By Ethan Nash: TOTT NEWS.

Despite state governments beginning to abolish harsh vaccine mandates, major employers have stated policies will not change and “high-risk” workplaces are pushed for a fourth dose.

Some of Australia’s biggest employers will continue to require their workers be vaccinated against COVID-19, even after state government mandates are abolished.

NSW is removing most vaccination mandates this month, and Western Australia has also followed in suit over the last two weeks. Queensland has removed many requirements, while the Northern Territory have also joined in calls to scrap restrictions.

Despite this, multiple corporations have stated there will be no changes to vaccination policies, including:

  • Virgin Australia
  • Telstra
  • SPC
  • Commonwealth Bank
  • BHP
  • Coles
  • Woolworths

Fruit and vegetable giant SPC was one of the first employers to require staff at its Shepparton factory to be vaccinated, even before the government enforced mandates, and plans to continue requiring staff to have had two-doses of the vaccine even after the government mandate is scrapped.

Woolworths and Coles were the next to speak up on maintaining their vaccine guidelines on a national level, meaning all staff will need to have at least two doses of the vaccine to work.

Mining giant BHP have also stated that the requirement to be double-dosed vaccinated will remain:

Telstra, Virgin Australia and the Commonwealth Bank are also included on this list.

All companies will maintain vaccine directives, irrespective of government policies.

The Victorian government has not announced an end to its broad vaccination mandates.

Workplace lawyers predict the enforcing of mandates without government health orders could prompt a fresh wave of legal challenges by employees, particularly from employees in low-risk environments.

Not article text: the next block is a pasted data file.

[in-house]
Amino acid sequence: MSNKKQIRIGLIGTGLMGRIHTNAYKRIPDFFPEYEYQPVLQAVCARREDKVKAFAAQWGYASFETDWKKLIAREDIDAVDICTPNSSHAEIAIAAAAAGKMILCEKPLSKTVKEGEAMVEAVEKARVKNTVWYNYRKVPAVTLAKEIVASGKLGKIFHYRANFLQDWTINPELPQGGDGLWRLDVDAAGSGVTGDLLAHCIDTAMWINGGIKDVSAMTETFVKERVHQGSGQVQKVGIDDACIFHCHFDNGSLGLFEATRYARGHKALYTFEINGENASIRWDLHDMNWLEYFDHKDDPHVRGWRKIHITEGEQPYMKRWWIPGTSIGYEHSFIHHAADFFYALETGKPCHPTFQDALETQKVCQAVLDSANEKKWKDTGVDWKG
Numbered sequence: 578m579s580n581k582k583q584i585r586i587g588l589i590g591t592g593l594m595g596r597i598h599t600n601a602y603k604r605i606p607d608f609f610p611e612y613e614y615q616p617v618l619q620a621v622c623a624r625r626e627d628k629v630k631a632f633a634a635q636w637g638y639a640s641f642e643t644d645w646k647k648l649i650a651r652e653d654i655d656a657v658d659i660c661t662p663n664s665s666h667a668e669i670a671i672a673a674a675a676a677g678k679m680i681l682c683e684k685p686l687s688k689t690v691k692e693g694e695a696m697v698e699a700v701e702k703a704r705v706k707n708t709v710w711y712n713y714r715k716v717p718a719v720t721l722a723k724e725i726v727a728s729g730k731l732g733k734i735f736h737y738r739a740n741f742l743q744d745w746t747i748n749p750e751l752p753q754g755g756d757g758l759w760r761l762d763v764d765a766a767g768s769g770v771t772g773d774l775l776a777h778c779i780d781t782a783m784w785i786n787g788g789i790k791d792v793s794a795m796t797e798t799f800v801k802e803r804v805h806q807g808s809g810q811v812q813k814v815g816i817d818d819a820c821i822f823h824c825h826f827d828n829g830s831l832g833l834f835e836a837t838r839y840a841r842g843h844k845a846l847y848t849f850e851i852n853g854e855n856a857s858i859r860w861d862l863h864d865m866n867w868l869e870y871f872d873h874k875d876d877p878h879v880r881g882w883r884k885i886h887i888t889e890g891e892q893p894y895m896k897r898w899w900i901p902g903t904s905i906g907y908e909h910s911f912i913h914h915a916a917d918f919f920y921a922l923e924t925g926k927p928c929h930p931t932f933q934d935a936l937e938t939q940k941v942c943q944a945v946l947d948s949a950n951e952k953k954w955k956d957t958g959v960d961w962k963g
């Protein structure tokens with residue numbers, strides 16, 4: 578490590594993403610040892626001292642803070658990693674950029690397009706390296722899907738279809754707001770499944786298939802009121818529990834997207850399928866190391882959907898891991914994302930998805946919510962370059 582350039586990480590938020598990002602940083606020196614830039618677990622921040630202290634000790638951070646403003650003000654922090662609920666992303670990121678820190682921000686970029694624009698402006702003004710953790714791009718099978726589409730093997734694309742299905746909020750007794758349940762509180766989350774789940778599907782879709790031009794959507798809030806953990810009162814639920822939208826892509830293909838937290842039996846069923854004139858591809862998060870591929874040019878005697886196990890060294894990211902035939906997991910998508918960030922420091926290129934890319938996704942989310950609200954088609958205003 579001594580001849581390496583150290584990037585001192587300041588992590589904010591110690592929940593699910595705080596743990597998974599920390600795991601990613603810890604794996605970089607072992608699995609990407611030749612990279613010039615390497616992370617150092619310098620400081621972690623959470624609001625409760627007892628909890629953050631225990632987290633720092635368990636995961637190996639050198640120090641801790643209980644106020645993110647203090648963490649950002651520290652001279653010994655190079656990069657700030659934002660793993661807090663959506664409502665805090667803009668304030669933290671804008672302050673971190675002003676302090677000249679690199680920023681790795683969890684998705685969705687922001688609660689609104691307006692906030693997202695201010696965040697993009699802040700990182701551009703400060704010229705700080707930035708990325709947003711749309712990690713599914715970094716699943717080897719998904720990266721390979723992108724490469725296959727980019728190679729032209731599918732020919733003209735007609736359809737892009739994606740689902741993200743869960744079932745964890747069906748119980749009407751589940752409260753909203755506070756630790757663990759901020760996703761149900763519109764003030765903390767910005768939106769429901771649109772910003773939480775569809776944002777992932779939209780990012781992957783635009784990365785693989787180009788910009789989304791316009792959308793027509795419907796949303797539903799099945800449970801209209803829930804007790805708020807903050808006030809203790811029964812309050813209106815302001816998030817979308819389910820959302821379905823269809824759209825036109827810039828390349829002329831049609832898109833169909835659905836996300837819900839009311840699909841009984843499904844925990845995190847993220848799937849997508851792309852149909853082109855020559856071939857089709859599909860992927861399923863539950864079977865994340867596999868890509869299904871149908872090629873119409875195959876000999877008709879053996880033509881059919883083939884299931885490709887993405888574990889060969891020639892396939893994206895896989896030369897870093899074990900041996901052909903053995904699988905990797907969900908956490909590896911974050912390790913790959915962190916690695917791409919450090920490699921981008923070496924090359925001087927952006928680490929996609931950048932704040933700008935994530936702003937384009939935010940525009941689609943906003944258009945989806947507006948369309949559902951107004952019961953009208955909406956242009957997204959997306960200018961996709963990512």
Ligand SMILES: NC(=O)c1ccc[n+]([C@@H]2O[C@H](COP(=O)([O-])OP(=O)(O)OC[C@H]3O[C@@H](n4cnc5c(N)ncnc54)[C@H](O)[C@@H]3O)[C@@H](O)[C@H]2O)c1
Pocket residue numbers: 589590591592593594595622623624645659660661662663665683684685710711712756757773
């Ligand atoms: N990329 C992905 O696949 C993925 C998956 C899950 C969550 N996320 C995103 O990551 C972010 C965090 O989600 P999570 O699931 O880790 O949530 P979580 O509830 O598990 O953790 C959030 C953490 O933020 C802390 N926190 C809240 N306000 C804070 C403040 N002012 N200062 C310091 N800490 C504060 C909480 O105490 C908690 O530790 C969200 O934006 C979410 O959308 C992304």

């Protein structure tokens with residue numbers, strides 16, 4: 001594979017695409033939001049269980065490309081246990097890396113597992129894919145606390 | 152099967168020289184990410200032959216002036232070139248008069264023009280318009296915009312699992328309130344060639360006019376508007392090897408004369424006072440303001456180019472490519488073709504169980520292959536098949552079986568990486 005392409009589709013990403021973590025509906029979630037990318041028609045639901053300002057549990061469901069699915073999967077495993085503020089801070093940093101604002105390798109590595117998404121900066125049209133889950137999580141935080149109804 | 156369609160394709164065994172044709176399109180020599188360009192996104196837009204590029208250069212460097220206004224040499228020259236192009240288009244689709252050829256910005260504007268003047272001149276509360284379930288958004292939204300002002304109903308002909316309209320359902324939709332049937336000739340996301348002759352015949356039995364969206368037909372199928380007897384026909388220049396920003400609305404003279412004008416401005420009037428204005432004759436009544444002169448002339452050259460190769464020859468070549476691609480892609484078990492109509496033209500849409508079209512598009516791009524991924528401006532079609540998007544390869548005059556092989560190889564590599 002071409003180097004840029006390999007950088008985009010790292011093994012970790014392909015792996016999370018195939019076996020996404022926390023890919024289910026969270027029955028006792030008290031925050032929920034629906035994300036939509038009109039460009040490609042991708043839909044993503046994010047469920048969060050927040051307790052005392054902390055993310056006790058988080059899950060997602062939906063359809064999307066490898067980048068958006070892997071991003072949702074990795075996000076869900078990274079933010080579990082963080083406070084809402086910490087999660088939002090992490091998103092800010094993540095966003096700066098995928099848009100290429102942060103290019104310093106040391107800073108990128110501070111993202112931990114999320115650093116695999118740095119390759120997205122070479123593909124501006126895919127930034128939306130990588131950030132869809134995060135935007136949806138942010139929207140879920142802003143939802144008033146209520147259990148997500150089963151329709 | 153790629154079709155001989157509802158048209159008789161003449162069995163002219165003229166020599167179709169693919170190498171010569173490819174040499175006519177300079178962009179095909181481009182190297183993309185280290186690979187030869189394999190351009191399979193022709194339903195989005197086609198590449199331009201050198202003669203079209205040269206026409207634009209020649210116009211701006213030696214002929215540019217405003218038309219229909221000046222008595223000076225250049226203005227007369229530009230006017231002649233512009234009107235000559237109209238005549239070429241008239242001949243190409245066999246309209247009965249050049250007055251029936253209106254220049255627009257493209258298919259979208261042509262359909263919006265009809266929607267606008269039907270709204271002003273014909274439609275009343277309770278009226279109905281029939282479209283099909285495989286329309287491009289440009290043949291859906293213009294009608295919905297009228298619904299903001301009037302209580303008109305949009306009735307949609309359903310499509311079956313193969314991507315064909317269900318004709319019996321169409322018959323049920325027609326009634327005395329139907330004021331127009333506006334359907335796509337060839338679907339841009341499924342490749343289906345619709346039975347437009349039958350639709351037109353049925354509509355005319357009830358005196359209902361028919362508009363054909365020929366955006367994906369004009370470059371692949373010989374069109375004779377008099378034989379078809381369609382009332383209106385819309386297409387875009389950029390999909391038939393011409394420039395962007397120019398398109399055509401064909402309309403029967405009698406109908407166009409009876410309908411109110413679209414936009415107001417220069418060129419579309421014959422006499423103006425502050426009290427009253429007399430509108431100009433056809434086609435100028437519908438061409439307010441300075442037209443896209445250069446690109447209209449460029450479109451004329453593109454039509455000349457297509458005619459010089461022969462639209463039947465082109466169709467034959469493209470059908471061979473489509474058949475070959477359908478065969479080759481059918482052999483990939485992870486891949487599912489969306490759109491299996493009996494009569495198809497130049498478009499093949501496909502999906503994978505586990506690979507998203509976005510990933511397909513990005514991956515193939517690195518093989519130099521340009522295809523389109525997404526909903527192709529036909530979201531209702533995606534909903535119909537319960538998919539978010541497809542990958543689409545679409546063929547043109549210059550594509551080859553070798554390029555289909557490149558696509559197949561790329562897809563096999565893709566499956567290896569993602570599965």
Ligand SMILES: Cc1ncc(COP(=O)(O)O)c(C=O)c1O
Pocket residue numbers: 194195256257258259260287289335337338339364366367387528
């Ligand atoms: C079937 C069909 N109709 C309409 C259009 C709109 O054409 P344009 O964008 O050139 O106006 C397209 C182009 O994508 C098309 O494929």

Meanwhile, for those in “high-risk” workplaces, the push for a fourth jab has now just started.


It is currently mandatory for workers in healthcare, aged care, disability, emergency services, correctional facilities, quarantine accommodation and food processing and distribution to be “up to date” with their vaccination doses, particularly in the state of Victoria.

At present, this means they require a third dose to work on site and must have it within a set time frame.

Now, it looks like the perpetual booster saga is set to continue, with Dan Andrews calling for another jab.

Andrews revealed his intention to approach the Commonwealth over the second booster shots on Monday, saying hospital chiefs had raised it as a “real priority” following a recent spate of ‘COVID-19 outbreaks’.

Daniel Andrews visits Maroondah Hospital last Monday.
Photo: Newswire

Education providers and principals are also considering whether they will impose vaccine mandates on teachers once government orders expire.

We have also seen The Australian Technical Advisory Group on Immunisation (ATAGI) expand their recommendations on the use of additional booster doses for immunocompromised adolescents.

Around 120,000 teenagers are now eligible to receive a ‘first’ booster dose of Pfizer’s COVID-19 vaccine, following a new recommendation from the Australian Technical Advisory Group on Immunisation (ATAGI).

Meanwhile, unvaccinated Aussies who have lost relationships, jobs, friendships and even precious time with loved ones have spoken out about their lives being ruined.

Yes, Australians are allowed back into pubs and clubs, and the ability to go on a holiday.

But without the ability to get back to work – are we really truly free from the Corona Psyop?